Limits...
Stochastic cellular fate decision making by multiple infecting lambda phage.

Robb ML, Shahrezaei V - PLoS ONE (2014)

Bottom Line: Here, we attempt to provide a mechanistic explanation of these results using a simple stochastic model of the lambda phage genetic network.Several potential factors including intrinsic gene expression noise, spatial dynamics and cell-cycle effects are investigated.However, simulations suggest spatial segregation of phage particles does not play a significant role.

View Article: PubMed Central - PubMed

Affiliation: Department of Mathematics, Imperial College, London, United Kingdom.

ABSTRACT
Bacteriophage lambda is a classic system for the study of cellular decision making. Both experiments and mathematical models have demonstrated the importance of viral concentration in the lysis-lysogeny decision outcome in lambda phage. However, a recent experimental study using single cell and single phage resolution reported that cells with the same viral concentrations but different numbers of infecting phage (multiplicity of infection) can have markedly different rates of lysogeny. Thus the decision depends on not only viral concentration, but also directly on the number of infecting phage. Here, we attempt to provide a mechanistic explanation of these results using a simple stochastic model of the lambda phage genetic network. Several potential factors including intrinsic gene expression noise, spatial dynamics and cell-cycle effects are investigated. We find that interplay between the level of intrinsic noise and viral protein decision threshold is a major factor that produces dependence on multiplicity of infection. However, simulations suggest spatial segregation of phage particles does not play a significant role. Cellular image processing is used to re-analyse the original time-lapse movies from the recent study and it is found that higher numbers of infecting phage reduce the cell elongation rate. This could also contribute to the observed phenomena as cellular growth rate can affect transcription rates. Our model further predicts that rate of lysogeny is dependent on bacterial growth rate, which can be experimentally tested. Our study provides new insight on the mechanisms of individual phage decision making. More generally, our results are relevant for the understanding of gene-dosage compensation in cellular systems.

Show MeSH

Related in: MedlinePlus

Robustness of our results with respect to variations in model assumptions and parameters.(A) Rate of lysogeny across different threshold values for model with CII tetramers instead of dimers, phage replication (deterministically doubling every 3 minutes for the first 15 minutes) and CI self repression. Blue line: MOI, V; green line: MOI, V. (B) Global sensitivity analysis using 200 different parameter sets chosen by randomly varying all parameters within a factor of 2 or 10 of their nominal values. Rate of lysogeny for MOI, V against MOI, V are plotted with blue dots for changes by a factor of 2 and green dots for changes by a factor of 10. The orange dashed line represents the point where rate for MOI, V is equal to MOI, V. The rate of lysogeny for each parameter set is estimated using 500 stochastic simulations with a decision threshold set at  above the mean  value for that parameter set.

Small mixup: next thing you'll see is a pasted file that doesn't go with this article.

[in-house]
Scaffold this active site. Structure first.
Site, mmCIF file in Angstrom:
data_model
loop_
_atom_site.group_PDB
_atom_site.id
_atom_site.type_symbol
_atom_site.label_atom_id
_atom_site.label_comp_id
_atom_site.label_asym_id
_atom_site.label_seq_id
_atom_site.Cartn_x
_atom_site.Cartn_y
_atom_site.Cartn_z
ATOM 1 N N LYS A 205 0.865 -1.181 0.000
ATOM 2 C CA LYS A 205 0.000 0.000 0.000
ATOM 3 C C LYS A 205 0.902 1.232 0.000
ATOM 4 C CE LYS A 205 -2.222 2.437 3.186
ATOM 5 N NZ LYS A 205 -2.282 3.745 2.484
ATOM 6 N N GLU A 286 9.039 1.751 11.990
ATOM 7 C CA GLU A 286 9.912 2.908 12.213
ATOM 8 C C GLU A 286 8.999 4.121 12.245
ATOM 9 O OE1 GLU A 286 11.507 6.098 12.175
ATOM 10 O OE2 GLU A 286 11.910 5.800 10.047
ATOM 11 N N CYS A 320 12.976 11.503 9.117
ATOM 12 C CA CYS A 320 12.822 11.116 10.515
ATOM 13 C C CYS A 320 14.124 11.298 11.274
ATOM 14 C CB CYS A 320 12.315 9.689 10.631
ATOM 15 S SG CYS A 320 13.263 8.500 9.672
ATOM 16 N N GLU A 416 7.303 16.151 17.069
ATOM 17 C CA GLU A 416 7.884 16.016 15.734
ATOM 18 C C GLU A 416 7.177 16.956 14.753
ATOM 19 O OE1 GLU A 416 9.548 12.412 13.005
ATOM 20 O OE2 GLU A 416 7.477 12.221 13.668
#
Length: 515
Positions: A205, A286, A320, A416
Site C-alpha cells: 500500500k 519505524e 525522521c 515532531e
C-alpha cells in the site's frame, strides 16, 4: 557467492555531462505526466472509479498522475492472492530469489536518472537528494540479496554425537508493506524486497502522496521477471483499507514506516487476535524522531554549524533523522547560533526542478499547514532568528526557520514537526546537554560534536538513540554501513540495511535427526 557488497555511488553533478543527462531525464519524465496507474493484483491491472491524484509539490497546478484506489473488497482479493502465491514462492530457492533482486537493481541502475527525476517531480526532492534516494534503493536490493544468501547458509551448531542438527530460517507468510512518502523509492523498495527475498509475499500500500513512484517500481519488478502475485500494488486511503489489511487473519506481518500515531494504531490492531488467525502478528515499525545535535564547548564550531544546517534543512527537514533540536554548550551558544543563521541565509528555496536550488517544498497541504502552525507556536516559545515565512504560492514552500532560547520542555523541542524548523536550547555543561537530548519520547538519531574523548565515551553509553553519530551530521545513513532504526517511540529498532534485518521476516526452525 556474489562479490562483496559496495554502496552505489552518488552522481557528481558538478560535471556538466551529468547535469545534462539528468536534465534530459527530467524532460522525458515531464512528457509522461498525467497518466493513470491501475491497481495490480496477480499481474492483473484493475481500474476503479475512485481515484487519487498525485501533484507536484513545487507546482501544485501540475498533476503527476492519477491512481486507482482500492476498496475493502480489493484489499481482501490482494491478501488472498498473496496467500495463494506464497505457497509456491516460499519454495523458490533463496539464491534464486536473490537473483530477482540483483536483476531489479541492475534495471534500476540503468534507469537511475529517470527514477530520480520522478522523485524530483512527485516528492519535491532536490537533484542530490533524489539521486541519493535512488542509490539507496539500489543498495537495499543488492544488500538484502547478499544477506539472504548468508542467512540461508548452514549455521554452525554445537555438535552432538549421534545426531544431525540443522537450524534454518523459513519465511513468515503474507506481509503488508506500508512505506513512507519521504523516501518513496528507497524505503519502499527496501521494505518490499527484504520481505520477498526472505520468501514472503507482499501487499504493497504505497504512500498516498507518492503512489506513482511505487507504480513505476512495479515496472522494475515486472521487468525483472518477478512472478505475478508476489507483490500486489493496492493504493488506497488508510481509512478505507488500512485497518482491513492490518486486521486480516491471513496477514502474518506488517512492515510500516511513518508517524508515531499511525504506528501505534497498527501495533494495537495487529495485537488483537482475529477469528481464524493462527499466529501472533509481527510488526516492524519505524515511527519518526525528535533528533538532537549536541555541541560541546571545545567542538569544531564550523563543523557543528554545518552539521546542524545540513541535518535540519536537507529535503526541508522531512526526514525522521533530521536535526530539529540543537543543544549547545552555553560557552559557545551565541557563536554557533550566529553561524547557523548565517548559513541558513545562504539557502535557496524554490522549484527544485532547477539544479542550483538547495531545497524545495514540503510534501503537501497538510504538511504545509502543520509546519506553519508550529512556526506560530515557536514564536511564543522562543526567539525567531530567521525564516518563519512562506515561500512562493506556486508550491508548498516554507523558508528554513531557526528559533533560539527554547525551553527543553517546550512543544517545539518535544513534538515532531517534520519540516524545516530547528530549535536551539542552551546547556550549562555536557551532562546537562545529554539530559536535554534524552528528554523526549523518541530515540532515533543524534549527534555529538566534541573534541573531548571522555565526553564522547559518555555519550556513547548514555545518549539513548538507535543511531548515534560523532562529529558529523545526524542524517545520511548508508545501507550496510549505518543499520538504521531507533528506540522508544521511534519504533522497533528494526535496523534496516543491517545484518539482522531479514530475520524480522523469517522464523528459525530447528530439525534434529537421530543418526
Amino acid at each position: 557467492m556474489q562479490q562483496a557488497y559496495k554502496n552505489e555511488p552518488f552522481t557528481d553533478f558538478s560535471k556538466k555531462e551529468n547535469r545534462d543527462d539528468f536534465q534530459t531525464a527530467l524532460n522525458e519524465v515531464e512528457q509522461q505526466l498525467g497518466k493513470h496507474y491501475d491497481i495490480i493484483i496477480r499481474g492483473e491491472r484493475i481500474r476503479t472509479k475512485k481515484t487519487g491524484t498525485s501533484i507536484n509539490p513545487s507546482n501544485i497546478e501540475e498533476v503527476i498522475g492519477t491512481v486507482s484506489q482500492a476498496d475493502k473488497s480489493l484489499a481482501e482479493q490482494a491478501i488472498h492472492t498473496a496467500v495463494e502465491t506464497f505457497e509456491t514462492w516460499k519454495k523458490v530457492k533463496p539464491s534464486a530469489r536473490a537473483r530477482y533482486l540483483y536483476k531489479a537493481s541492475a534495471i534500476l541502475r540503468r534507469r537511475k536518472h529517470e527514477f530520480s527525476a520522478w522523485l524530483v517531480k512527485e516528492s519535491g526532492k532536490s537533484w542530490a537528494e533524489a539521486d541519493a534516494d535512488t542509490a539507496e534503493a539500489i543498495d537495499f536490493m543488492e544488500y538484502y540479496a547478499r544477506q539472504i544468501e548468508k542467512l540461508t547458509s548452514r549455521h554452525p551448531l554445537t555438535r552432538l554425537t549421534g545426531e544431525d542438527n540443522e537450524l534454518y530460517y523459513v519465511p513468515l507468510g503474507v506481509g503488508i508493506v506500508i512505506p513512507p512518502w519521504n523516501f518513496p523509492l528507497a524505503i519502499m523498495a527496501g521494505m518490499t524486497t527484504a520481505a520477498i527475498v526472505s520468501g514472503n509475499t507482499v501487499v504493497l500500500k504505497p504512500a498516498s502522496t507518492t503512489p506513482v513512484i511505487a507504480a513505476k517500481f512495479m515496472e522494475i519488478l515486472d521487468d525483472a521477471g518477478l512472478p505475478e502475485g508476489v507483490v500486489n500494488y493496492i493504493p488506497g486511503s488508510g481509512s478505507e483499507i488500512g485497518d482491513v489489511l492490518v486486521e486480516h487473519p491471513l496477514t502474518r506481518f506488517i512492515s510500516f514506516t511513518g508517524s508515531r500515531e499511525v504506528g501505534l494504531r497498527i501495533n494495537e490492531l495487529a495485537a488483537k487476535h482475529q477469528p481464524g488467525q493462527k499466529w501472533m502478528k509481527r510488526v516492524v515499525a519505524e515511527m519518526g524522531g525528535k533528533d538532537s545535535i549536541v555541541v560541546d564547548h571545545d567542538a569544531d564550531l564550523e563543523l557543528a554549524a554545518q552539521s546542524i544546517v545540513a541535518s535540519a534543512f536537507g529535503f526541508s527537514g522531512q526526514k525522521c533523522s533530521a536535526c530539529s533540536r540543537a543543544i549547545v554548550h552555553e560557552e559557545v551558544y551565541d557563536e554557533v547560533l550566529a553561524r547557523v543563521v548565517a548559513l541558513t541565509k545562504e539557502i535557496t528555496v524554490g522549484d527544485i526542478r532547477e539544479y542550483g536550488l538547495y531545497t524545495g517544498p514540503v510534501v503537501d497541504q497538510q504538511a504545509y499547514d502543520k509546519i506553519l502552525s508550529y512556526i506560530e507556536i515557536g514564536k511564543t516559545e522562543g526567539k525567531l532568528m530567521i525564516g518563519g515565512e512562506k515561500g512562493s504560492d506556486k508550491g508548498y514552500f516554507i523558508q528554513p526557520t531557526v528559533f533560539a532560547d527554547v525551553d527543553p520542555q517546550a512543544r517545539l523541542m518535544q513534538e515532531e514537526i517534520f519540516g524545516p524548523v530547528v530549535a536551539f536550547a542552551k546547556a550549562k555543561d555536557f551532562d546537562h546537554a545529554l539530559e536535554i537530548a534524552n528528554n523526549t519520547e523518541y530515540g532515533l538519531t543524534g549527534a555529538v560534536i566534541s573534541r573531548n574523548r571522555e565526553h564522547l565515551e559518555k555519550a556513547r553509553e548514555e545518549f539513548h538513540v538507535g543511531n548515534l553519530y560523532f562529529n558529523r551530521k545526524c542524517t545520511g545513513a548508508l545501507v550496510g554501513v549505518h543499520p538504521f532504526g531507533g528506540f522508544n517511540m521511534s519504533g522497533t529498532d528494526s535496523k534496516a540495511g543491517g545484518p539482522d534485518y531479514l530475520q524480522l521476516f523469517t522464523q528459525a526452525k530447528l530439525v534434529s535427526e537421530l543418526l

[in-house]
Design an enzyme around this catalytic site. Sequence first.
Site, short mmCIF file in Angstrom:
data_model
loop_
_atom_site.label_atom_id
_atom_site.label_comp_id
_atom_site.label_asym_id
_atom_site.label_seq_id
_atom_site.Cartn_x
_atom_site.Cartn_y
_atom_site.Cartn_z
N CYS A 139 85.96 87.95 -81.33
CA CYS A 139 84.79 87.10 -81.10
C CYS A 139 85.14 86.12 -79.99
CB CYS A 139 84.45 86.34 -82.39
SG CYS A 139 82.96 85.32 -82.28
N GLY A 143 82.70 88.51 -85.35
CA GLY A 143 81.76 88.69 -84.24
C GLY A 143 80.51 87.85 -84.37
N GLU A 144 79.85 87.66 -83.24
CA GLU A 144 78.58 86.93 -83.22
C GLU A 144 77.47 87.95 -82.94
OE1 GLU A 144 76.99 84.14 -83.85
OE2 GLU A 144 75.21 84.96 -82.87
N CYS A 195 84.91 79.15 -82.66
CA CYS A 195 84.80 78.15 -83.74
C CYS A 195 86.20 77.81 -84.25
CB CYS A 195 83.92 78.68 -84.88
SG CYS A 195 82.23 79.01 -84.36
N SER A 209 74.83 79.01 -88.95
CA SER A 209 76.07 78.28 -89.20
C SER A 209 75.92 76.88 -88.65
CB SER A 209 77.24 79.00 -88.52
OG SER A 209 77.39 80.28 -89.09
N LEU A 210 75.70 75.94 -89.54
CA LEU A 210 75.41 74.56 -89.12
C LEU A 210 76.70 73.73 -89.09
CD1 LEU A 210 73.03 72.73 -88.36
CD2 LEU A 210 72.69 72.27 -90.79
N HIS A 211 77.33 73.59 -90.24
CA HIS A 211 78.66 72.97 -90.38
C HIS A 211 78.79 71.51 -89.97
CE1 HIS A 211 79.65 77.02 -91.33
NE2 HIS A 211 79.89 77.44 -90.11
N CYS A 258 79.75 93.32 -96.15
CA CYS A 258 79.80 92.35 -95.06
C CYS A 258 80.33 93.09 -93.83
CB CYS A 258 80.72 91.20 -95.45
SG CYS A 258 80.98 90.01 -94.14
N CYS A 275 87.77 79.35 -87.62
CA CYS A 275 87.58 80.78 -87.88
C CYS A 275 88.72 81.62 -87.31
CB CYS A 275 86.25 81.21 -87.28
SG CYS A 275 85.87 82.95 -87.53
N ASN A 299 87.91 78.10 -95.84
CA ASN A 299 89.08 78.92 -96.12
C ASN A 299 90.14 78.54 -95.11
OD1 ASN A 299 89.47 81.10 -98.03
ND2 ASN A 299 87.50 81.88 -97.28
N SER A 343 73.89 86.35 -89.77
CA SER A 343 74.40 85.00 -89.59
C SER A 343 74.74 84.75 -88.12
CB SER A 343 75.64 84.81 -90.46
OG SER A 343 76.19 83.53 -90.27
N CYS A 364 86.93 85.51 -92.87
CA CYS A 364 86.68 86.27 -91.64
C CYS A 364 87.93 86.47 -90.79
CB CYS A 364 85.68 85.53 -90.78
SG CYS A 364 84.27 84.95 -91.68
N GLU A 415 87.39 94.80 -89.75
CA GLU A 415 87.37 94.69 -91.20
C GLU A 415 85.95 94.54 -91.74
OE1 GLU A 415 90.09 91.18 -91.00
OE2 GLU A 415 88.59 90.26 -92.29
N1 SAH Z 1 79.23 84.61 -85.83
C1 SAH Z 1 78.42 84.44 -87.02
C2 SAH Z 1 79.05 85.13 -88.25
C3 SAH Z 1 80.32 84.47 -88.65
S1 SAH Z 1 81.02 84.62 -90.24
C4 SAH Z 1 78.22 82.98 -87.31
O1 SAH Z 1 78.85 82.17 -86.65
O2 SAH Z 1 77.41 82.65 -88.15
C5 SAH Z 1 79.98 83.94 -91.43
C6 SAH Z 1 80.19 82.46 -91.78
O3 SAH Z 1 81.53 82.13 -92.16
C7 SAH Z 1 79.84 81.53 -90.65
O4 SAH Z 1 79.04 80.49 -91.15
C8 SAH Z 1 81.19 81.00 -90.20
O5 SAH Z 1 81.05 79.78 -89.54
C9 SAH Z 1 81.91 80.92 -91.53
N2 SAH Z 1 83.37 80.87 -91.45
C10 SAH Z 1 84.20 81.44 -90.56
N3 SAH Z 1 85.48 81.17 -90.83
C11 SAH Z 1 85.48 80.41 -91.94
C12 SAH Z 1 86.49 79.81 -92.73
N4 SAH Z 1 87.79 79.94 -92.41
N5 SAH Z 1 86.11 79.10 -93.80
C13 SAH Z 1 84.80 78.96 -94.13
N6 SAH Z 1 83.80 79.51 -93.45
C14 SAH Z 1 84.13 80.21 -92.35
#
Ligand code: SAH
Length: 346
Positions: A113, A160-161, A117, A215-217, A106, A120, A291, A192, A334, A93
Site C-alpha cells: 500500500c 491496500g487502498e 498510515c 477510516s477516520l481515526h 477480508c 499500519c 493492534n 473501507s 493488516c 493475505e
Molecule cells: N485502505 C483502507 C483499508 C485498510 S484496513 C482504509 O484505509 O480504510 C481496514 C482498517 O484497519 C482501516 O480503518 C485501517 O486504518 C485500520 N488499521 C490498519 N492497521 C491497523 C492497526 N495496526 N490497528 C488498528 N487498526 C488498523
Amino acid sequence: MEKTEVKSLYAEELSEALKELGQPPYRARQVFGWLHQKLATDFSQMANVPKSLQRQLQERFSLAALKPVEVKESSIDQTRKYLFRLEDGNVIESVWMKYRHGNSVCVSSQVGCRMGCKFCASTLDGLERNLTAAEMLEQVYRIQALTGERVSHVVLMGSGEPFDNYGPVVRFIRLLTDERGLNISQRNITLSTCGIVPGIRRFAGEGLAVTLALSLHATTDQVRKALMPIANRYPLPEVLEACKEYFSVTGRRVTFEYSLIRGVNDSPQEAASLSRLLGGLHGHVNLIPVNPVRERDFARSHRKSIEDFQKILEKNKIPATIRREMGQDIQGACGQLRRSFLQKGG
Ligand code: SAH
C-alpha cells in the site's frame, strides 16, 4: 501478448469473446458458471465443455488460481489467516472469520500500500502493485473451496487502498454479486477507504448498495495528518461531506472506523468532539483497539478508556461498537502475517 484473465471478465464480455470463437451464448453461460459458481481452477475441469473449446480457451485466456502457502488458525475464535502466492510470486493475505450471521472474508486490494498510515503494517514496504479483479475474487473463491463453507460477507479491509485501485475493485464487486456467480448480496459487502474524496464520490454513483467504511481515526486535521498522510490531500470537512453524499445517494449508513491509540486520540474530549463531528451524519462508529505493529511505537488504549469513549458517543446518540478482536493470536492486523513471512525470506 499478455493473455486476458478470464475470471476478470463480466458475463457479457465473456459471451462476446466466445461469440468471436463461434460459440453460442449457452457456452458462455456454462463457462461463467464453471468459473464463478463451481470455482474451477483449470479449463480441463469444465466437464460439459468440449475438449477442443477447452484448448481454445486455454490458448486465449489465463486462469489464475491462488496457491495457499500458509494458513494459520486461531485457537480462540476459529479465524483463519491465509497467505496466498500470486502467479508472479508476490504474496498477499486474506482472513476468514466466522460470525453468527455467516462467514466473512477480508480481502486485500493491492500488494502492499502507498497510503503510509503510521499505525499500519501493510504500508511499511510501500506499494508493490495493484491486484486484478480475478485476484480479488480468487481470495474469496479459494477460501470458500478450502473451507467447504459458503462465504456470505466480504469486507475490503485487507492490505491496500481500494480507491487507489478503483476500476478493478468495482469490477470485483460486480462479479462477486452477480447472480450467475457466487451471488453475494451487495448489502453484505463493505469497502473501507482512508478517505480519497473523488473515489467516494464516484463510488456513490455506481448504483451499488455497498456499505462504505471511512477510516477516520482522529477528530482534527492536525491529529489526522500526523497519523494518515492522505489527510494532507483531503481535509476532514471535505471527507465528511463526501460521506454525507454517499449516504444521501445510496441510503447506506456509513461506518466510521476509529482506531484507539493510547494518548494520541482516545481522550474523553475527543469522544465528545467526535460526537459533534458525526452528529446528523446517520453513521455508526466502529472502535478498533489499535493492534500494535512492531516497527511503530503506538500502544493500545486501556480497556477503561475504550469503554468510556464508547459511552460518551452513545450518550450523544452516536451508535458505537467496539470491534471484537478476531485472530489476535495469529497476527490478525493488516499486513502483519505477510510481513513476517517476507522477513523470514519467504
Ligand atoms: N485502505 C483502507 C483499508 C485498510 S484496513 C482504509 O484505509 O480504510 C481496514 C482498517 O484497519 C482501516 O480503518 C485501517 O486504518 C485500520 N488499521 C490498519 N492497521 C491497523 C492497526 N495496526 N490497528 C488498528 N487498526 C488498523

© Copyright Policy
Related In: Results  -  Collection

License
getmorefigures.php?uid=PMC4126663&req=5

pone-0103636-g005: Robustness of our results with respect to variations in model assumptions and parameters.(A) Rate of lysogeny across different threshold values for model with CII tetramers instead of dimers, phage replication (deterministically doubling every 3 minutes for the first 15 minutes) and CI self repression. Blue line: MOI, V; green line: MOI, V. (B) Global sensitivity analysis using 200 different parameter sets chosen by randomly varying all parameters within a factor of 2 or 10 of their nominal values. Rate of lysogeny for MOI, V against MOI, V are plotted with blue dots for changes by a factor of 2 and green dots for changes by a factor of 10. The orange dashed line represents the point where rate for MOI, V is equal to MOI, V. The rate of lysogeny for each parameter set is estimated using 500 stochastic simulations with a decision threshold set at above the mean value for that parameter set.

Mentions: The proposed role of intrinsic noise in decision making is general and does not depend on the specific choice of model assumptions and parameters. To explicitly demonstrate the general validity of our results, we have performed additional analysis including parameter sensitivity analysis and modifying some of our modelling assumptions. Firstly, our model assumes CII is a dimer for simplicity, while it is known that CII is in fact tetrameric [27]. We therefore look at the effect of allowing CII dimers to bind and form tetramers, and tetramers to bind to the promoter and controlling gene expression. Secondly, there is evidence that upon infection phages replicate in the cells doubling their number every 2–3 minutes for the first 15 minutes [28]. Including phage replication in our model has the effect of increasing the mean [CII]. While CI can undergo self repression at higher concentrations of the dimer [11]. We attempted to include all of these assumptions in the model, and the results are shown in Figure 5A. It can be seen that adding these features, despite a change in the mean [CII], we observe similar qualitative results. We also tried including each of modifications individually, observing again that our conclusions still hold (results not shown). Finally, to test the effect of model parameters, we performed a global parameter sensitivity analysis on our system by varying all model parameters randomly within a factor of two or ten below and above their nominal values. For almost all parameter sets tested, using a high decision threshold (greater than mean for that parameter set), we observed a lower rate of lysogeny for the case MOI = , compared to the case MOI = , (Figure 5B), which is consistent with what is observed for the original parameter set (Figure 4C).